# An Algorithm for Radiation Magnetohydrodynamics Based on Solving the Time-dependent Transfer Equation

- Authors
- Type
- Published Article
- Publication Date
- Mar 24, 2014
- Submission Date
- Mar 24, 2014
- Identifiers
- DOI: 10.1088/0067-0049/213/1/7
- Source
- arXiv
- License
- Yellow
- External links

## Abstract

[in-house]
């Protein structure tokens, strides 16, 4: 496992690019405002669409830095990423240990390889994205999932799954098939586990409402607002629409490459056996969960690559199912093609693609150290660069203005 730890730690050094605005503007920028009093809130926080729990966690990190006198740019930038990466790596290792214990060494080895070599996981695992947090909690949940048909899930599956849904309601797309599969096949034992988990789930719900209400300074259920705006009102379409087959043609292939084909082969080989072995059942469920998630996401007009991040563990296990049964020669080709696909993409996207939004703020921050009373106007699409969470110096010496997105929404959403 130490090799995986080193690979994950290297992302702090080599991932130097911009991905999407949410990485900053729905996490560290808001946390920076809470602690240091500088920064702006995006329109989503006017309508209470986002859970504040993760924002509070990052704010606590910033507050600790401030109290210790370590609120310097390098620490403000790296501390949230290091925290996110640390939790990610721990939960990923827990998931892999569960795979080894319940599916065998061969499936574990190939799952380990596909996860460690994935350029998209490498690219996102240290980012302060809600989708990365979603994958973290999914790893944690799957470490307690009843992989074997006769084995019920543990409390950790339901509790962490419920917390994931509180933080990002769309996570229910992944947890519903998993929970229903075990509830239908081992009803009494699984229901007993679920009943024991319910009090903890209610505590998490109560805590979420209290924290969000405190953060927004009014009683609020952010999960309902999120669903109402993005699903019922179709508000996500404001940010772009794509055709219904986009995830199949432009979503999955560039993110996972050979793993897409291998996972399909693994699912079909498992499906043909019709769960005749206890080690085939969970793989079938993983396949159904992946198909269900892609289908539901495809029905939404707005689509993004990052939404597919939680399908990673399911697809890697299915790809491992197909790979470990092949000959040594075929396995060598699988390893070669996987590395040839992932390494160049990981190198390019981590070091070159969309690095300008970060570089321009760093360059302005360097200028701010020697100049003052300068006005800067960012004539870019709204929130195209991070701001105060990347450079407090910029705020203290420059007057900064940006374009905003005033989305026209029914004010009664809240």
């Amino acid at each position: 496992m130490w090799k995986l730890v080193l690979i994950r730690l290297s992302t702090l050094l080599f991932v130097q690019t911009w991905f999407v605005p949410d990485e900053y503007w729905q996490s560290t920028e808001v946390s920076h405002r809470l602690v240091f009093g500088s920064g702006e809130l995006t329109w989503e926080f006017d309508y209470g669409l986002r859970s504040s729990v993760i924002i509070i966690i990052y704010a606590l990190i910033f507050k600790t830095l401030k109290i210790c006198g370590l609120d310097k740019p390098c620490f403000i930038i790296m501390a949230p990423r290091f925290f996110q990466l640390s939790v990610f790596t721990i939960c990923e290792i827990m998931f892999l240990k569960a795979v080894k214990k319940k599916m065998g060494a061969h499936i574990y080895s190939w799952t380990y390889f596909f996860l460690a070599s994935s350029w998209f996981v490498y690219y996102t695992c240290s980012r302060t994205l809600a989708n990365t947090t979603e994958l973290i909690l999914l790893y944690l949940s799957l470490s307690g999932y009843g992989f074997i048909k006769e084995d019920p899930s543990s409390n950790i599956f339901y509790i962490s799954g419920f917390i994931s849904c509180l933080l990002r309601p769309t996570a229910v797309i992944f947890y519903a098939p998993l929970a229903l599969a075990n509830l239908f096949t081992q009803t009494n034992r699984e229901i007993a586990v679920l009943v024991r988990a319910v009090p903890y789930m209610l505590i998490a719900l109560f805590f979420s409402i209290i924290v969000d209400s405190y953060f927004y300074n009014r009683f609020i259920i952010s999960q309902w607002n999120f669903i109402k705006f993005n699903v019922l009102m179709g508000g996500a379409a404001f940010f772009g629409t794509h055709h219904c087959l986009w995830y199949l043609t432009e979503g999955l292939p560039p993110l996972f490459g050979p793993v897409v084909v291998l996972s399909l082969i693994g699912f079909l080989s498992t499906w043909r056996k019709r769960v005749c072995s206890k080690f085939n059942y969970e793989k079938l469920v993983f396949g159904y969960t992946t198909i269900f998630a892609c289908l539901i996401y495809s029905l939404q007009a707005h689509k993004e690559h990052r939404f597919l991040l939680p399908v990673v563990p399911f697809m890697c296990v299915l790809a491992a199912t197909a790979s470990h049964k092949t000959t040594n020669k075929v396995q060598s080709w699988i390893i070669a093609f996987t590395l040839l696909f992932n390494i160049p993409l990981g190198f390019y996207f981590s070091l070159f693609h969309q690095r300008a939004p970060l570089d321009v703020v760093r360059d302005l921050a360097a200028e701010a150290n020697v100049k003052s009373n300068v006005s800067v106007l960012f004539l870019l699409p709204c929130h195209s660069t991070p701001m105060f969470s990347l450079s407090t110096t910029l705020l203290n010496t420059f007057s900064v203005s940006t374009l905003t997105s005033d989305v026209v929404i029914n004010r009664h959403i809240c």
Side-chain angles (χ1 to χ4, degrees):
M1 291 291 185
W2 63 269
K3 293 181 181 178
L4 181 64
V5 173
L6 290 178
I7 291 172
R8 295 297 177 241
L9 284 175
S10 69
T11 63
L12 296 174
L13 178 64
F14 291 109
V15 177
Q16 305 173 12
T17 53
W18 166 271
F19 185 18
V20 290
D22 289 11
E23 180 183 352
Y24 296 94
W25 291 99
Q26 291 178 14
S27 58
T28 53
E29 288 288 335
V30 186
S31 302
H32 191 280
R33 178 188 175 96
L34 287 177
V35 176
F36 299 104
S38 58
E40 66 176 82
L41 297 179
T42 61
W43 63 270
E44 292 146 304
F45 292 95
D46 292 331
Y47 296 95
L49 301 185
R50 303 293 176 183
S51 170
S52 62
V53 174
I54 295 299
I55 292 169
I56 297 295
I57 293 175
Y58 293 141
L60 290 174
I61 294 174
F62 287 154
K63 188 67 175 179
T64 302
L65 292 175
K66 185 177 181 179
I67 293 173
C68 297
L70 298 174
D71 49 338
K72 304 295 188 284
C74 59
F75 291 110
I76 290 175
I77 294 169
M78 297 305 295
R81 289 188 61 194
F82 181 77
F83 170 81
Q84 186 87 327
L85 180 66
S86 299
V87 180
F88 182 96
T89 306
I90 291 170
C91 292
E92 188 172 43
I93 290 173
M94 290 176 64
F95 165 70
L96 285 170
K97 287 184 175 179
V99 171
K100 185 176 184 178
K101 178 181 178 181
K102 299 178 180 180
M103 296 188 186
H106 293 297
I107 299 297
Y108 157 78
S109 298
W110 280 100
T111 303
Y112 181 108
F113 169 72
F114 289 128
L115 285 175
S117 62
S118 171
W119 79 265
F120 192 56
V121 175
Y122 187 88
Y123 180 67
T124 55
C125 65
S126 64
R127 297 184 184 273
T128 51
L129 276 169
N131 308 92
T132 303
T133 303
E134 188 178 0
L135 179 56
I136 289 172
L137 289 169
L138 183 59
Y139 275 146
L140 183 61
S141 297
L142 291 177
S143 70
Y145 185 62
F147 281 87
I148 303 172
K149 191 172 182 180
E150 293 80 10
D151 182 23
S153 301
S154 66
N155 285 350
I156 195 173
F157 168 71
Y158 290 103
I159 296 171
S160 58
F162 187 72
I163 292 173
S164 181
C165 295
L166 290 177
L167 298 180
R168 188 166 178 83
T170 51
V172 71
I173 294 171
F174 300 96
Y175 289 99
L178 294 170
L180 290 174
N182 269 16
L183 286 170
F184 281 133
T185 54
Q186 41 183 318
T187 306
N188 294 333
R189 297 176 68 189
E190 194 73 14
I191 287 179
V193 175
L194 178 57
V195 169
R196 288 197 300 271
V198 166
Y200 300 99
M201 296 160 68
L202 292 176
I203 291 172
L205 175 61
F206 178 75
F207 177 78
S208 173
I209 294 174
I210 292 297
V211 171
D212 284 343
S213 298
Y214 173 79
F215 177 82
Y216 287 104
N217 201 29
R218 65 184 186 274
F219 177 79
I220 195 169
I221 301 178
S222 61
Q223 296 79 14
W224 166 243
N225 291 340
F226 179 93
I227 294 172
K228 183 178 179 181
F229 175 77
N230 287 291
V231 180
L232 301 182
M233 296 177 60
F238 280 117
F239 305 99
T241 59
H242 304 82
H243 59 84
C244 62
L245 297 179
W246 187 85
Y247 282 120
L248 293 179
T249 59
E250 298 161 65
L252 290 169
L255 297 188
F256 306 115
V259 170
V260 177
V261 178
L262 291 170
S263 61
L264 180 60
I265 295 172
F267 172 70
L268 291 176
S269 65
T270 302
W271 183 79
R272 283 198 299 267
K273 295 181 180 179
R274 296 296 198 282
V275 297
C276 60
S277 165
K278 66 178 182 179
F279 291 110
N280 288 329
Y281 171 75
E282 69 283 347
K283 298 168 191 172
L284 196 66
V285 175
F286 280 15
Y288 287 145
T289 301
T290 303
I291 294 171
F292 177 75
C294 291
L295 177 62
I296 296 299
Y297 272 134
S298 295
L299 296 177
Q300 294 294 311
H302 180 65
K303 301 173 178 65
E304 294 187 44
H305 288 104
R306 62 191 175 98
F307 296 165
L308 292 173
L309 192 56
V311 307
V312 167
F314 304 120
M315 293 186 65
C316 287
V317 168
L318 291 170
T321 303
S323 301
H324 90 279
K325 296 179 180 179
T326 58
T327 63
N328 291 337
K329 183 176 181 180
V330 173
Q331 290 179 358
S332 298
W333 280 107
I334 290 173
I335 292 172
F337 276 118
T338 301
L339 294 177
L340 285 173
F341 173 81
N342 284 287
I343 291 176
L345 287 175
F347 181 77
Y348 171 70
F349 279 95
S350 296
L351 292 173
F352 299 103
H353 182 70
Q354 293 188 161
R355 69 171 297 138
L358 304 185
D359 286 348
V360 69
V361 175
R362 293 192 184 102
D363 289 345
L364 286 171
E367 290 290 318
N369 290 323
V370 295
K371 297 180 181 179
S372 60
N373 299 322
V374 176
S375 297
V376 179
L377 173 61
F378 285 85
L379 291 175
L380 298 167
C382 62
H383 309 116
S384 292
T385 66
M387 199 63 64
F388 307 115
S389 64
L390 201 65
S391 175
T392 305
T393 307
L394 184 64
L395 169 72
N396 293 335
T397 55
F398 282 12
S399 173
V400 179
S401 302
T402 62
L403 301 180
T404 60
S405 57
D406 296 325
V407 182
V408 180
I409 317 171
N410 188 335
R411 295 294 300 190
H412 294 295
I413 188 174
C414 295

(Abridged) We describe a new algorithm for solving the coupled frequency-integrated transfer equation and the equations of magnetohydrodynamics when the light-crossing time is only marginally shorter than dynamical timescales. The transfer equation is solved in the mixed frame, including velocity dependent source terms accurate to O(v/c). An operator split approach is used to compute the specific intensity along discrete rays, with upwind monotonic interpolation used along each ray to update the transport terms, and implicit methods used to compute the scattering and absorption source terms. Conservative differencing is used for the transport terms, which ensures the specific intensity (as well as energy and momentum) are conserved along each ray to round-off error. The use of implicit methods for the source terms ensures the method is stable even if the source terms are very stiff. To couple the solution of the transfer equation to the MHD algorithms in the Athena code, we perform direct quadrature of the specific intensity over angles to compute the energy and momentum source terms. We present the results of a variety of tests of the method, such as calculating the structure of a non-LTE atmosphere, an advective diffusion test, linear wave convergence tests, and the well-known shadow test. We use new semi-analytic solutions for radiation modified shocks to demonstrate the ability of our algorithm to capture the effects of an anisotropic radiation field accurately. Since the method uses explicit differencing of the spatial operators, it shows excellent weak scaling on parallel computers. The method is ideally suited for problems in which characteristic velocities are non-relativistic, but still within a few percent or more of the speed of light. The method is an intermediate step towards algorithms for fully relativistic flows.